Without the binary systems of gender and sex, the systems Get the L Out are attempting to protect, the patriarchy and heterosexism could not exist as they do now. Binary gender and sex allows for us, as a society to claim that anyone born with a penis is a man, and that person is automatically placed in the privileged position in the hierarchy of men and women. Equally, categorising sexualities, and therefore allowing for all sexualities aside from heterosexualities to be subordinated, is impossible without first enforcing a binary system of gender.
As an illustrative example, Get the L Out are campaigning for a lesbian’s right to exist in whichever way they choose. To be butch, or femme, to be unashamedly gay and proud of their romantic and sexual attraction to women. However, in policing in the validity of trans identities, often trans women and men are expected to perform hyperfemininity and hypermasculinity respectively just to ‘prove’ their gender identity. Ultimately, this upholds the very binary ideals that Get the L Out are attempting to challenge. Equally, to suggest that the genitalia we are born with dictates our gender identity leaves little room to fight against other facets of ourselves which people mistakenly believe is biologically determined, such as a woman’s wish to have children.
Although I have focused on London Pride, I hope this exploration says something more about social justice as a whole and the way we approach different issues and problems that we are facing in the world today. While it might feel impossible as an individual to fight against all the problems in the world at once, by focusing on those people most severely affected by the way our societies are designed, we can all play a part in making the world a safer place for everyone to live in, not just ourselves.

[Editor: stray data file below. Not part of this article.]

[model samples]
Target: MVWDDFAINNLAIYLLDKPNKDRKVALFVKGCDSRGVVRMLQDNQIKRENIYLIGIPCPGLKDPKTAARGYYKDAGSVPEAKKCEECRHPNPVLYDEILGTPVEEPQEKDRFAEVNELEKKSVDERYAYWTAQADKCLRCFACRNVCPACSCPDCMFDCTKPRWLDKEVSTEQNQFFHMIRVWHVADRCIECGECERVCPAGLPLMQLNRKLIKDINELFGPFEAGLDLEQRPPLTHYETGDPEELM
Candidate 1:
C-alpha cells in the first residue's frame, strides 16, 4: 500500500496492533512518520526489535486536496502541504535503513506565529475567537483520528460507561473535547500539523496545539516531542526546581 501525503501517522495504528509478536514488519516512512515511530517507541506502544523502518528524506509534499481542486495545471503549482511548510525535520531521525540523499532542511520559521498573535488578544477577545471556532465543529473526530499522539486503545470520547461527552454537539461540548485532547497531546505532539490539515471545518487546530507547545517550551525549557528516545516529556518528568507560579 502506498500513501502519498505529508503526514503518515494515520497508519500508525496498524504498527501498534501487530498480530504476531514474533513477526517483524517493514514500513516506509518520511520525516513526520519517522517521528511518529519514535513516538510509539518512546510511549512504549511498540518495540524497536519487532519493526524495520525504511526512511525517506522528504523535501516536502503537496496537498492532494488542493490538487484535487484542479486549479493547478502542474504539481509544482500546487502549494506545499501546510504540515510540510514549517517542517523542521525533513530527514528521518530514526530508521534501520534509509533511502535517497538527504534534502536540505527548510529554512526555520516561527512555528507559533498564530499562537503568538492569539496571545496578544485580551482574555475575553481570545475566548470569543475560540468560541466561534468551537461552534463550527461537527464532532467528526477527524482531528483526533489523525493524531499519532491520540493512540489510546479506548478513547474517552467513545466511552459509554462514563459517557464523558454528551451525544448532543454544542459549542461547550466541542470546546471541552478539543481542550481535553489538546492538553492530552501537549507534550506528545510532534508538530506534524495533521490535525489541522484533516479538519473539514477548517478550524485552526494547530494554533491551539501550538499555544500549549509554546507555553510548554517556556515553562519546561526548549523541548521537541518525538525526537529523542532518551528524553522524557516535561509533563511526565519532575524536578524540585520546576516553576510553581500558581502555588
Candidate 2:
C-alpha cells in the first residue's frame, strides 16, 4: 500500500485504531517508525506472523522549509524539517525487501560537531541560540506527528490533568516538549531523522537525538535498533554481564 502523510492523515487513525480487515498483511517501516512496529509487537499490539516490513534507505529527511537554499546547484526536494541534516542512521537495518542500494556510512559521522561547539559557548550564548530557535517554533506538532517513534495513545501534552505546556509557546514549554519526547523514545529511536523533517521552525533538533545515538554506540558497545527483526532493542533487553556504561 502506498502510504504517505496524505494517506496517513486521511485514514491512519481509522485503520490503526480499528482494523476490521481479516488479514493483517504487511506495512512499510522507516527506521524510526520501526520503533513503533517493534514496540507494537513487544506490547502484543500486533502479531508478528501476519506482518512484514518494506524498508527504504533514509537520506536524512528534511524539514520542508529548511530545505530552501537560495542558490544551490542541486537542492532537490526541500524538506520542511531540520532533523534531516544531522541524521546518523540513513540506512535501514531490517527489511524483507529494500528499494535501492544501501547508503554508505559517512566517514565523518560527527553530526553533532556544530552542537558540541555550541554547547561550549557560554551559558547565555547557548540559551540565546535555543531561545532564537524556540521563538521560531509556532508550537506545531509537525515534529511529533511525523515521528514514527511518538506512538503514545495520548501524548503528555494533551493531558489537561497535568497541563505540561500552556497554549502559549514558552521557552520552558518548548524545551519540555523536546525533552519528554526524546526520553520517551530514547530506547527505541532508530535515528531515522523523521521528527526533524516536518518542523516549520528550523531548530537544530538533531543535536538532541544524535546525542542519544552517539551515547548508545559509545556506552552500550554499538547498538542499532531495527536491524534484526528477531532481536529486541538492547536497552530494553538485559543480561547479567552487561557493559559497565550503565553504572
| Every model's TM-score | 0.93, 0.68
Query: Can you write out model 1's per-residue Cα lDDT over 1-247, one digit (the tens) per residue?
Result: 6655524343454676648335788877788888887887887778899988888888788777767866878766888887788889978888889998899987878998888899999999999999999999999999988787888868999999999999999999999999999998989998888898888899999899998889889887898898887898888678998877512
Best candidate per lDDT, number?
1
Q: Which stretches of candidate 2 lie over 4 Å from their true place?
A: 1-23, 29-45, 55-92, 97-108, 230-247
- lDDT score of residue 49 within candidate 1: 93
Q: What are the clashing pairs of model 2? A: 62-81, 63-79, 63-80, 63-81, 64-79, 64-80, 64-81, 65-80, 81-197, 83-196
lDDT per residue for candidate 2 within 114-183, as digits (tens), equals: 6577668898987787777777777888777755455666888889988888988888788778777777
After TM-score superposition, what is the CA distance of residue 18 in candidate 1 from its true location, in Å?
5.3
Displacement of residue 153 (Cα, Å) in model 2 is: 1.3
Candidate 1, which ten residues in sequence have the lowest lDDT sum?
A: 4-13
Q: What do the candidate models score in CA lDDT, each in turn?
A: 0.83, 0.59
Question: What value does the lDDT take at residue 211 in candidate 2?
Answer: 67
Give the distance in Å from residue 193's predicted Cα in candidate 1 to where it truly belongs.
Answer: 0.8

Writing for Alfred
Last academic year, I had the privilege of being chosen to appear in the University’s student journal, Alfred. Although the space in Alfred is limited, and a great many submissions are not chosen, I would encourage anyone to submit the piece of work they are most proud of. Getting to see and celebrate the work of everyone else in the journal was great, especially given the wide range of submissions which included humour, cartoons, and serious essays.
To see my full submission, and other Alfred submissions click here.
About the Author
I am an MA Liberal Arts student currently completing my dissertation. My focus is LGBTQ+ communities and gender studies.
Alfred 2020 submissions
Interested in submitting your work to be considered for Alfred 2020? We would love to hear from you!
Alfred welcomes submissions in various forms: essays, original works, creative pieces, critical commentaries or any other written form. If you would like to make a submission, please email Alfred@winchester.ac.uk, so we may send you the formatting guidelines and a range of FAQs. The deadline to submit your work for consideration is 24 January 2020.
Read the first blog in our Alfred series: The People's War in cinema: how was the Home Front portrayed in film? by BA (Hons) History student Sam Jenkins.Back to media centre